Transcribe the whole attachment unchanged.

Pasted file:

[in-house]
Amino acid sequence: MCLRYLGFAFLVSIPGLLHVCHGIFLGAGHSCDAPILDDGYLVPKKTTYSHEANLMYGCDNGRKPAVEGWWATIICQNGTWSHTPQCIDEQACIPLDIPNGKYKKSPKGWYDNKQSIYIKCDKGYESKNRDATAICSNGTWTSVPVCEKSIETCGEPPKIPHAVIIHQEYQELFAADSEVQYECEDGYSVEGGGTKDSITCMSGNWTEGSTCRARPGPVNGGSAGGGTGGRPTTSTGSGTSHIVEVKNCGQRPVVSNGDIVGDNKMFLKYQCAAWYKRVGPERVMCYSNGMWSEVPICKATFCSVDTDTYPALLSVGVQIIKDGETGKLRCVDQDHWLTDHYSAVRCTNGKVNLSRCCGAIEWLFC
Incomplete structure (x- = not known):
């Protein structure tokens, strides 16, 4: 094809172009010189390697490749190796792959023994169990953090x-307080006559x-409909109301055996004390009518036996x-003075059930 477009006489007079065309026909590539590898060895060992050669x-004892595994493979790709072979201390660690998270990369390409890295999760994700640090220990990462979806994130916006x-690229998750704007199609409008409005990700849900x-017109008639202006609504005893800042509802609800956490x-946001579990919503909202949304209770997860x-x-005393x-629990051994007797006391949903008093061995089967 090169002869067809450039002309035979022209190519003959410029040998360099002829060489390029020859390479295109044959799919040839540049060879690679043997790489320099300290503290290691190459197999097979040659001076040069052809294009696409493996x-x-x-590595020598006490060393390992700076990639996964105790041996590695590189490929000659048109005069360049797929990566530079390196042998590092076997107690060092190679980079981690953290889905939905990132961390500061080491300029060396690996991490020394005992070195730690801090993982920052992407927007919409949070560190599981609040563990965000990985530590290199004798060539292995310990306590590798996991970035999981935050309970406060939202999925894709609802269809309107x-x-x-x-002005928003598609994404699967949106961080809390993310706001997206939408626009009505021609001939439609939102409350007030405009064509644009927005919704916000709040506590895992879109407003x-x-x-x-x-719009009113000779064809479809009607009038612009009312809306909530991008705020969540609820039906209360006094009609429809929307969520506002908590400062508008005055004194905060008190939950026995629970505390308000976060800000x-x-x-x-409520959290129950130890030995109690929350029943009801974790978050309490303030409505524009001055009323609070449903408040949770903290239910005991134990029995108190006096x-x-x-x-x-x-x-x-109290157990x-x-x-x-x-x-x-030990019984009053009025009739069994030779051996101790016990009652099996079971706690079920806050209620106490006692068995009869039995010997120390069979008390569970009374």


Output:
[in-house]
Amino acid sequence: MCLRYLGFAFLVSIPGLLHVCHGIFLGAGHSCDAPILDDGYLVPKKTTYSHEANLMYGCDNGRKPAVEGWWATIICQNGTWSHTPQCIDEQACIPLDIPNGKYKKSPKGWYDNKQSIYIKCDKGYESKNRDATAICSNGTWTSVPVCEKSIETCGEPPKIPHAVIIHQEYQELFAADSEVQYECEDGYSVEGGGTKDSITCMSGNWTEGSTCRARPGPVNGGSAGGGTGGRPTTSTGSGTSHIVEVKNCGQRPVVSNGDIVGDNKMFLKYQCAAWYKRVGPERVMCYSNGMWSEVPICKATFCSVDTDTYPALLSVGVQIIKDGETGKLRCVDQDHWLTDHYSAVRCTNGKVNLSRCCGAIEWLFC
Incomplete structure (x- = not known):
């Protein structure tokens, strides 16, 4: 094809172009010189390697490749190796792959023994169990953090x-307080006559x-409909109301055996004390009518036996x-003075059930 477009006489007079065309026909590539590898060895060992050669x-004892595994493979790709072979201390660690998270990369390409890295999760994700640090220990990462979806994130916006x-690229998750704007199609409008409005990700849900x-017109008639202006609504005893800042509802609800956490x-946001579990919503909202949304209770997860x-x-005393x-629990051994007797006391949903008093061995089967 090169002869067809450039002309035979022209190519003959410029040998360099002829060489390029020859390479295109044959799919040839540049060879690679043997790489320099300290503290290691190459197999097979040659001076040069052809294009696409493996x-x-x-590595020598006490060393390992700076990639996964105790041996590695590189490929000659048109005069360049797929990566530079390196042998590092076997107690060092190679980079981690953290889905939905990132961390500061080491300029060396690996991490020394005992070195730690801090993982920052992407927007919409949070560190599981609040563990965000990985530590290199004798060539292995310990306590590798996991970035999981935050309970406060939202999925894709609802269809309107x-x-x-x-002005928003598609994404699967949106961080809390993310706001997206939408626009009505021609001939439609939102409350007030405009064509644009927005919704916000709040506590895992879109407003x-x-x-x-x-719009009113000779064809479809009607009038612009009312809306909530991008705020969540609820039906209360006094009609429809929307969520506002908590400062508008005055004194905060008190939950026995629970505390308000976060800000x-x-x-x-409520959290129950130890030995109690929350029943009801974790978050309490303030409505524009001055009323609070449903408040949770903290239910005991134990029995108190006096x-x-x-x-x-x-x-x-109290157990x-x-x-x-x-x-x-030990019984009053009025009739069994030779051996101790016990009652099996079971706690079920806050209620106490006692068995009869039995010997120390069979008390569970009374």